Published: July 17, 2014
The Fourth of July is all about celebrating the Declaration of Independence, right? Americans come together at barbecues, fireworks displays, and public readings – and hopefully give some thought to those inspiring words about liberty and equality, penned more than two centuries ago. But the part of the Declaration we celebrate today wasn’t always what Americans focused on.
Image: An outdoor reading of the Declaration on July 4th, 2013, in Philadelphia.
A few years back, we were fortunate to speak with the late Pauline Maier, renowned historian of the Early Republic, for our special July 4th show. Pauline pointed out that the meaning and importance of the Declaration has changed over and over again through American history:
“we all think of it as important for the first couple phrases of the second paragraph…but that’s part of the later life of the document. The most important part in 1776 was the last paragraph….that’s the part that – da ta ta-daaa! – declared independence! That’s what was new!”
It was that new aspect of the document – that politically revolutionary, rabble-rousing list of complaints and final declaration of sovereignty – which inspired Americans. The document, after all, was meant to be read aloud at mass gatherings, to rile people up, to get them on board with independence.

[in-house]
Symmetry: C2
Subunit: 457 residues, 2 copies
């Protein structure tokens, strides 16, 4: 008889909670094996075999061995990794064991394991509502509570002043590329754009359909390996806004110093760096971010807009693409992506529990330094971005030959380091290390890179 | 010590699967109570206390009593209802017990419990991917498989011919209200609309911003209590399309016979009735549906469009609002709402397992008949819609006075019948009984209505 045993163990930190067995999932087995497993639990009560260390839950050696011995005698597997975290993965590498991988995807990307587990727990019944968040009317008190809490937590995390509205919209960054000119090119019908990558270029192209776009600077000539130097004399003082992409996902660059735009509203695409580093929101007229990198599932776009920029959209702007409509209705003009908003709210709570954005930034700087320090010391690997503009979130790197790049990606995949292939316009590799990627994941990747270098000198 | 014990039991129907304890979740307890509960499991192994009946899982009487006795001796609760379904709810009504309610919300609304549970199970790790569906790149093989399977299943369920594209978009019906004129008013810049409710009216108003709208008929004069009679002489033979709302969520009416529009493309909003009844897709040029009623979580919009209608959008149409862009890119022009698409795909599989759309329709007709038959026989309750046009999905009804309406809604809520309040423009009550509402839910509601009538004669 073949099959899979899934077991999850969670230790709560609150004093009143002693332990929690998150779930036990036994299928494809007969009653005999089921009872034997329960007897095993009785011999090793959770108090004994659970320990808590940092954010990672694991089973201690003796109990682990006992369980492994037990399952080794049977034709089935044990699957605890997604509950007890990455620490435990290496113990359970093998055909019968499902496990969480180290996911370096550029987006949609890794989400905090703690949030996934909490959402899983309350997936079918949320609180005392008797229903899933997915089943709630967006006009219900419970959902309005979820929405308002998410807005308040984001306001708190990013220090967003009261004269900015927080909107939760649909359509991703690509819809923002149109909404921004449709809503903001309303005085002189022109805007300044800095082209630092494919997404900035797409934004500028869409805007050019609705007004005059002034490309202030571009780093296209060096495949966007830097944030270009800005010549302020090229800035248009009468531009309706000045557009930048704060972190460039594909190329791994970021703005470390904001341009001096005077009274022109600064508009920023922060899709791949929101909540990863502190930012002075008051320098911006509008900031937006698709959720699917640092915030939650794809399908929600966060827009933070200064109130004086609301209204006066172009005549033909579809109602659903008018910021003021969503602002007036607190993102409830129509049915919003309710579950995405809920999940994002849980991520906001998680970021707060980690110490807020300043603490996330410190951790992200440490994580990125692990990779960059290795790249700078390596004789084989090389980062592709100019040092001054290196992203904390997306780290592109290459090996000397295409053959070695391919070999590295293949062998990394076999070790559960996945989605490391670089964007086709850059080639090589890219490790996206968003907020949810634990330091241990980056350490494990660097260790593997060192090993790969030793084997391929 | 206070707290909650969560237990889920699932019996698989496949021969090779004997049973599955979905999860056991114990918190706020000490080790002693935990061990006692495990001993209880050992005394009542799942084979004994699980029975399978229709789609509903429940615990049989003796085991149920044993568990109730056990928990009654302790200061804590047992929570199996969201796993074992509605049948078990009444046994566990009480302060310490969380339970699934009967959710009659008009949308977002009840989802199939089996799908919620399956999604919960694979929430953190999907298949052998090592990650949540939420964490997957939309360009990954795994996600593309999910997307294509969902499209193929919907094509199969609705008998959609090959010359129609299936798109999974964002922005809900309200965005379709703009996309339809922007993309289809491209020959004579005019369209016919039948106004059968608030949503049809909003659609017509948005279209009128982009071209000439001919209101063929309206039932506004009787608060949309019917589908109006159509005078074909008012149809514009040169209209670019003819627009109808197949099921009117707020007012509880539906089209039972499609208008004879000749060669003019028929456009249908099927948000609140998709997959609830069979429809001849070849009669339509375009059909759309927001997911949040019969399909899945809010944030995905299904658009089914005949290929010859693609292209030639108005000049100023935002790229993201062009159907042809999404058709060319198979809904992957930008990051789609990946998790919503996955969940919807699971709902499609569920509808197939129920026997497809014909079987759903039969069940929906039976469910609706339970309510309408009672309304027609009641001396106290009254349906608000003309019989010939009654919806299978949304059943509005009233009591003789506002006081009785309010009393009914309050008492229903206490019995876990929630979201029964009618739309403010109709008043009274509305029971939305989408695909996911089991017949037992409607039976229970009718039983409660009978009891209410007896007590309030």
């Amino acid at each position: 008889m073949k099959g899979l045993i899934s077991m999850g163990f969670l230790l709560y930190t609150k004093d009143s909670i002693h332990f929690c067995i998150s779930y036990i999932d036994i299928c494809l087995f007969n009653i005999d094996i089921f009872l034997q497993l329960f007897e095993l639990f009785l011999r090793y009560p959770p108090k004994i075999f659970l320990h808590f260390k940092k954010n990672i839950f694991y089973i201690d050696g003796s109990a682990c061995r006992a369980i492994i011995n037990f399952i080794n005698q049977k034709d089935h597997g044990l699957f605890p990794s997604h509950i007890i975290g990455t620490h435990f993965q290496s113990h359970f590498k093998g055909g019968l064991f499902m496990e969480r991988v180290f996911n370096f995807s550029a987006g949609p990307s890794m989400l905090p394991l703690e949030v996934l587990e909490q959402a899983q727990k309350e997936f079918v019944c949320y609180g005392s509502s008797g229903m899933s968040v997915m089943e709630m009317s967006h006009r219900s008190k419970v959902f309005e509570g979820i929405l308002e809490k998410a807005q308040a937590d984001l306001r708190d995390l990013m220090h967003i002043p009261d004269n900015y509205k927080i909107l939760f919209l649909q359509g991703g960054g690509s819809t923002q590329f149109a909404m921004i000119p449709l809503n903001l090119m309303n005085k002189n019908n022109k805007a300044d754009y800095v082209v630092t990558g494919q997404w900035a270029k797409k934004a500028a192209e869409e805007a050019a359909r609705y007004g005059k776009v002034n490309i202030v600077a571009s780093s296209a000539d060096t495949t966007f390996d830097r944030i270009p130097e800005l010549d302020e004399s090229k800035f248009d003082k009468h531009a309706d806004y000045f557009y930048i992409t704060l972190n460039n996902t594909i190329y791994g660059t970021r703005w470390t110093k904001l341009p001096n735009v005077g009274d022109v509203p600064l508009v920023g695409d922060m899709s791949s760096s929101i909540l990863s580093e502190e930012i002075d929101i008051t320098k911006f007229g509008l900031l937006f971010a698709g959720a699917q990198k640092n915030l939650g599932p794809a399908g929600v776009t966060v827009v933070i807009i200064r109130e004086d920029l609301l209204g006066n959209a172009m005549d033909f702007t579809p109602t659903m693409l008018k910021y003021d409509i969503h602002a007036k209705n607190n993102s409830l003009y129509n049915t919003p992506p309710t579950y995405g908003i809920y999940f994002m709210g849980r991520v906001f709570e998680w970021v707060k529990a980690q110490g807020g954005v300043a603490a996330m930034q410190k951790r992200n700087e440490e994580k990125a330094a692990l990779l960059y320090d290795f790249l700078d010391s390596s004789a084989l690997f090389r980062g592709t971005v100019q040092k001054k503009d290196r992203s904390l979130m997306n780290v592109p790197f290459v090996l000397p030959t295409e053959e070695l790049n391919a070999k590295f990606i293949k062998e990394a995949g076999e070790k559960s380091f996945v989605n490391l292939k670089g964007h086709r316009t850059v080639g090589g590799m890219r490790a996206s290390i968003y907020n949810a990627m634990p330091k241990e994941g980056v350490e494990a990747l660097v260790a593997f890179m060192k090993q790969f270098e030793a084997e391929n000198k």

Sometimes it got them a little too riled up. In New York, the public reading of the Declaration on July 9th pretty much caused a riot! A large group of patriot sailors and sympathizers, so inspired by the grievances and the stirring declaration that “these United Colonies are, and of Right ought to be Free and Independent States” marched down Broadway and tore down a statue of King George III – one that had been erected barely 15 years earlier. The story goes that they melted down the statue – for bullets.
Image: “Pulling Down The Statue of King George III,” an 1859 painting of the NYC riot (Wikimedia Commons).
It took about twenty years, Maier said, for public attention to turn away from the list of grievances and the declaration of sovereignty, and look to other parts of this founding document.